where Z is the atomic number, and α is the fine structure constant, a measure of the strength of electromagnetic interactions.[18] Under this approximation, any element with an atomic number greater than 137 would require 1s electrons to be traveling faster than c, the speed of light. Hence the non-relativistic Bohr model is clearly inaccurate when applied to such an element.

The Dirac equation

The relativistic Dirac equation also has problems for Z > 137, for the ground state energy is

E=m c^2 \sqrt{1-Z^2 \alpha^2}

where m is the rest mass of the electron. For Z > 137, the wave function of the Dirac ground state is oscillatory, rather than bound, and there is no gap between the positive and negative energy spectra, as in the Klein paradox.[19]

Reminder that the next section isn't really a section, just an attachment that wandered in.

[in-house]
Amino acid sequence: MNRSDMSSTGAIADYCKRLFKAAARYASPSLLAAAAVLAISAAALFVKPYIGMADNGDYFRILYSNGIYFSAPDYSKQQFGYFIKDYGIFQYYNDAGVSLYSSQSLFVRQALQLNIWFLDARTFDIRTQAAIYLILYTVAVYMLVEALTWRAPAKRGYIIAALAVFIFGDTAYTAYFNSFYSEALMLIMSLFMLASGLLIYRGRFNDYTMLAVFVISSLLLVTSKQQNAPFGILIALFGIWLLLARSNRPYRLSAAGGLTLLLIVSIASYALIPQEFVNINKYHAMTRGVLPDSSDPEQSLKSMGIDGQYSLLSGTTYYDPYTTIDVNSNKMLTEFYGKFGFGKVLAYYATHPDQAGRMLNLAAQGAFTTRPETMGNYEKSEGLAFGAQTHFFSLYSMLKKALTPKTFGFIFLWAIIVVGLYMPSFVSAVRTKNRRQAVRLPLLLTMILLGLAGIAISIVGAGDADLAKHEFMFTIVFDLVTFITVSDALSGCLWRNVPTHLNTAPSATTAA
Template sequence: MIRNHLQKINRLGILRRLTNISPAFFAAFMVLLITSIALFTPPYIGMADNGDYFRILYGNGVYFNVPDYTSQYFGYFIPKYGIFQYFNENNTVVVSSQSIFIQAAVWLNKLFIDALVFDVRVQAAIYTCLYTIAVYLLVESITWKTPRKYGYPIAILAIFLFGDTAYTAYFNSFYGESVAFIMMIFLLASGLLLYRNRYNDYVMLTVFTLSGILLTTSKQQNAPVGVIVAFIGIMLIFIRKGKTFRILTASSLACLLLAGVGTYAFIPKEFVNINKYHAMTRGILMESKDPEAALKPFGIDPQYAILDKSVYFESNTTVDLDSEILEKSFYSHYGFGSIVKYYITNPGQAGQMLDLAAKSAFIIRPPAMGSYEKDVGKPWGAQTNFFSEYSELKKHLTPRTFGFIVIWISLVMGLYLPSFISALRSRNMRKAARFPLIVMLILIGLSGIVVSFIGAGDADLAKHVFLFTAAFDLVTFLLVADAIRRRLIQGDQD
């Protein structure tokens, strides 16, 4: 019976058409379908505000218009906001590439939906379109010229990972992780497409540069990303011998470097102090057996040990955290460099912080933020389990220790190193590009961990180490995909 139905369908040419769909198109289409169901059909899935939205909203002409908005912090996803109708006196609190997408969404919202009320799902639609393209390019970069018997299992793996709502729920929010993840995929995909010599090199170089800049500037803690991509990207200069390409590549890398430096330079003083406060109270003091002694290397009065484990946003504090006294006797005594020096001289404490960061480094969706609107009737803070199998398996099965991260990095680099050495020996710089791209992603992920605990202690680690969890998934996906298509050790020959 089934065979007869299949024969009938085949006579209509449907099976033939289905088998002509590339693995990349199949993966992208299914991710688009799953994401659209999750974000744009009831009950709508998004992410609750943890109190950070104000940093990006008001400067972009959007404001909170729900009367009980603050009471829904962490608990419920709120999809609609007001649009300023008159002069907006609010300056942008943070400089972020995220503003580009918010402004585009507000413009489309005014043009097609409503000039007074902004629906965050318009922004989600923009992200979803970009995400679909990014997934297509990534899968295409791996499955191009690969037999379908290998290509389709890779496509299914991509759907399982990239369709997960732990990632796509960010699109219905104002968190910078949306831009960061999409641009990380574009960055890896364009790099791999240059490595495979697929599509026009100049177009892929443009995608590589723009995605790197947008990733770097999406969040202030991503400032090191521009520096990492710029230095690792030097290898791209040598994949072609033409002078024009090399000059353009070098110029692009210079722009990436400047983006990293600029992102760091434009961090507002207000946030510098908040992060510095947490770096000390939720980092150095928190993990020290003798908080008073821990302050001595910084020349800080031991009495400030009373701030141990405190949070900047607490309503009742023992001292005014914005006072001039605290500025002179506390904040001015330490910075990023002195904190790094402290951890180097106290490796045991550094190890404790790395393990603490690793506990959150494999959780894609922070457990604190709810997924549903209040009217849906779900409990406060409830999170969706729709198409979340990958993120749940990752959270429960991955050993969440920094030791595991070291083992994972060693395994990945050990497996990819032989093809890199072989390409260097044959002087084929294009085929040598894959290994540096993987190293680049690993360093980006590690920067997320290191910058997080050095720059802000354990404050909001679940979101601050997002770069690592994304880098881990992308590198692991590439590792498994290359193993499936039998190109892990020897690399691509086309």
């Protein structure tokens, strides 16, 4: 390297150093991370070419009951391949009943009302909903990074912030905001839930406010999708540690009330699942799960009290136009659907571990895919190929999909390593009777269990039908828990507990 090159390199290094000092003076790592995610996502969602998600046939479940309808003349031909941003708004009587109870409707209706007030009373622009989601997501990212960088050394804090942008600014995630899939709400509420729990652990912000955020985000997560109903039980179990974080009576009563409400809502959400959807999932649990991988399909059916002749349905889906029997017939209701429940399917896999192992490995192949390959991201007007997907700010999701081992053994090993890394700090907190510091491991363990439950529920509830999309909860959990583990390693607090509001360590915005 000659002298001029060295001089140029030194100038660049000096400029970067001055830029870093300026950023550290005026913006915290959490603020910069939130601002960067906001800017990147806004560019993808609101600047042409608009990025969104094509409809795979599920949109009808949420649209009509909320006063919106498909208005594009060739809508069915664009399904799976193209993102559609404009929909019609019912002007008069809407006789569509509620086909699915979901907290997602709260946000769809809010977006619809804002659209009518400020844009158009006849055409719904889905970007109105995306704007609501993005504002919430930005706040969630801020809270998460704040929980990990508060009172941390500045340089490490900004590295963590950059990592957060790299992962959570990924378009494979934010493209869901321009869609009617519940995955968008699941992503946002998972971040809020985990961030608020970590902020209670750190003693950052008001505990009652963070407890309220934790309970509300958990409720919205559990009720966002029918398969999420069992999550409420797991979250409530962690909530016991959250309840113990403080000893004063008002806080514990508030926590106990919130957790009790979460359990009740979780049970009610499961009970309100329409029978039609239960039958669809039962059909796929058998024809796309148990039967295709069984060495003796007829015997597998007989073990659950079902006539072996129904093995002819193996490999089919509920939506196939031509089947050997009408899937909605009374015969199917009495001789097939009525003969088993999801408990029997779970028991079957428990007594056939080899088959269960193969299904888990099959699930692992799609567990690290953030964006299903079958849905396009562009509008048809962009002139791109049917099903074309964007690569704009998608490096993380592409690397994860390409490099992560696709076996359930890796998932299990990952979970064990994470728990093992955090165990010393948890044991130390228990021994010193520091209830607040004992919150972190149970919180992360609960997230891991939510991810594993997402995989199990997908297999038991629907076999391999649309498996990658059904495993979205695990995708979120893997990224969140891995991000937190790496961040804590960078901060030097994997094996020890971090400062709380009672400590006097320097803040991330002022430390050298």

More accurate calculations including the effects of the finite size of the nucleus indicate that the binding energy first exceeds 2mc2 for Z > Zcr ≈ 173. ForZ > Zcr, if the innermost orbital is not filled, the electric field of the nucleus will pull an electron out of the vacuum, resulting in the spontaneous emission of a positron.[20]

f-block and d-block superactinides

The relativistic and quantum effects for the electron clouds of the f-block elements are expected to be even greater than those for the g-block elements, because these elements have higher atomic number. If these elements could actually be observed, they would likely be observed to have similar chemical properties, but the effect of the closeness of the 5g and 6f (and possibly also the 7d and 8p) subshells is unclear and difficult to predict because of the relativistic and quantum effects. These orbitals, being so close in energy, may fill together all at the same time, resulting in a series of very similar elements with many barely distinguishable oxidation states. The basis of periodic trends based on electron configurations may thus no longer hold.[1]